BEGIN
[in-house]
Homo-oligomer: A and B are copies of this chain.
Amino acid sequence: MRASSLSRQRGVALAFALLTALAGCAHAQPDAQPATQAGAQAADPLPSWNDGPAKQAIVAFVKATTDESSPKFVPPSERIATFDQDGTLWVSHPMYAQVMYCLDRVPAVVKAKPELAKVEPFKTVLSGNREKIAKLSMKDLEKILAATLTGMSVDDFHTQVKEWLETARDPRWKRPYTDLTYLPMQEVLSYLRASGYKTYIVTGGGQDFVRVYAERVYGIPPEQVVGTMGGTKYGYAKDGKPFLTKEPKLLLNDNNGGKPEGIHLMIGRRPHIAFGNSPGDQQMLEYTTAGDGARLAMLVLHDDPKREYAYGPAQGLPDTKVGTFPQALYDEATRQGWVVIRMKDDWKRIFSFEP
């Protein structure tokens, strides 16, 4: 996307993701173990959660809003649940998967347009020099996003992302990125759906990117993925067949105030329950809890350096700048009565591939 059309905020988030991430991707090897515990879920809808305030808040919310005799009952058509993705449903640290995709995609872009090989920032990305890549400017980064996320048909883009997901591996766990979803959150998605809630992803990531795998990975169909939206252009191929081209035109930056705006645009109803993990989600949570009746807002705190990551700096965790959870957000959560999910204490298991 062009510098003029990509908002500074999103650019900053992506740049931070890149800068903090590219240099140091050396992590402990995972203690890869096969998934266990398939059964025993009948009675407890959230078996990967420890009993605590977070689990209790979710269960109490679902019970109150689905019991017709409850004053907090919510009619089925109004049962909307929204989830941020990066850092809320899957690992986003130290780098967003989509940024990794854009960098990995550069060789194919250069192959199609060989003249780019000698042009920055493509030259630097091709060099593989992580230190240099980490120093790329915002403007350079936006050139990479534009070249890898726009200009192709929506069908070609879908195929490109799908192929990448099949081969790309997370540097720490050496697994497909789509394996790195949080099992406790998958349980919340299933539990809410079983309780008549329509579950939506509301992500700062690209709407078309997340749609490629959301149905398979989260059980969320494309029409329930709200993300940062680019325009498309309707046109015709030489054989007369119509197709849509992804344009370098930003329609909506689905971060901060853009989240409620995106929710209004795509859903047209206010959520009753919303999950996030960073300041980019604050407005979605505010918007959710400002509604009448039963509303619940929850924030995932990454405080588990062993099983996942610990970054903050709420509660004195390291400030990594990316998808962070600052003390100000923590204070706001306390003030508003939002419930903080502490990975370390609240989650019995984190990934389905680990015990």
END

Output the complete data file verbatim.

[in-house]
Homo-oligomer: A and B are copies of this chain.
Amino acid sequence: MRASSLSRQRGVALAFALLTALAGCAHAQPDAQPATQAGAQAADPLPSWNDGPAKQAIVAFVKATTDESSPKFVPPSERIATFDQDGTLWVSHPMYAQVMYCLDRVPAVVKAKPELAKVEPFKTVLSGNREKIAKLSMKDLEKILAATLTGMSVDDFHTQVKEWLETARDPRWKRPYTDLTYLPMQEVLSYLRASGYKTYIVTGGGQDFVRVYAERVYGIPPEQVVGTMGGTKYGYAKDGKPFLTKEPKLLLNDNNGGKPEGIHLMIGRRPHIAFGNSPGDQQMLEYTTAGDGARLAMLVLHDDPKREYAYGPAQGLPDTKVGTFPQALYDEATRQGWVVIRMKDDWKRIFSFEP
């Protein structure tokens, strides 16, 4: 996307993701173990959660809003649940998967347009020099996003992302990125759906990117993925067949105030329950809890350096700048009565591939 059309905020988030991430991707090897515990879920809808305030808040919310005799009952058509993705449903640290995709995609872009090989920032990305890549400017980064996320048909883009997901591996766990979803959150998605809630992803990531795998990975169909939206252009191929081209035109930056705006645009109803993990989600949570009746807002705190990551700096965790959870957000959560999910204490298991 062009510098003029990509908002500074999103650019900053992506740049931070890149800068903090590219240099140091050396992590402990995972203690890869096969998934266990398939059964025993009948009675407890959230078996990967420890009993605590977070689990209790979710269960109490679902019970109150689905019991017709409850004053907090919510009619089925109004049962909307929204989830941020990066850092809320899957690992986003130290780098967003989509940024990794854009960098990995550069060789194919250069192959199609060989003249780019000698042009920055493509030259630097091709060099593989992580230190240099980490120093790329915002403007350079936006050139990479534009070249890898726009200009192709929506069908070609879908195929490109799908192929990448099949081969790309997370540097720490050496697994497909789509394996790195949080099992406790998958349980919340299933539990809410079983309780008549329509579950939506509301992500700062690209709407078309997340749609490629959301149905398979989260059980969320494309029409329930709200993300940062680019325009498309309707046109015709030489054989007369119509197709849509992804344009370098930003329609909506689905971060901060853009989240409620995106929710209004795509859903047209206010959520009753919303999950996030960073300041980019604050407005979605505010918007959710400002509604009448039963509303619940929850924030995932990454405080588990062993099983996942610990970054903050709420509660004195390291400030990594990316998808962070600052003390100000923590204070706001306390003030508003939002419930903080502490990975370390609240989650019995984190990934389905680990015990």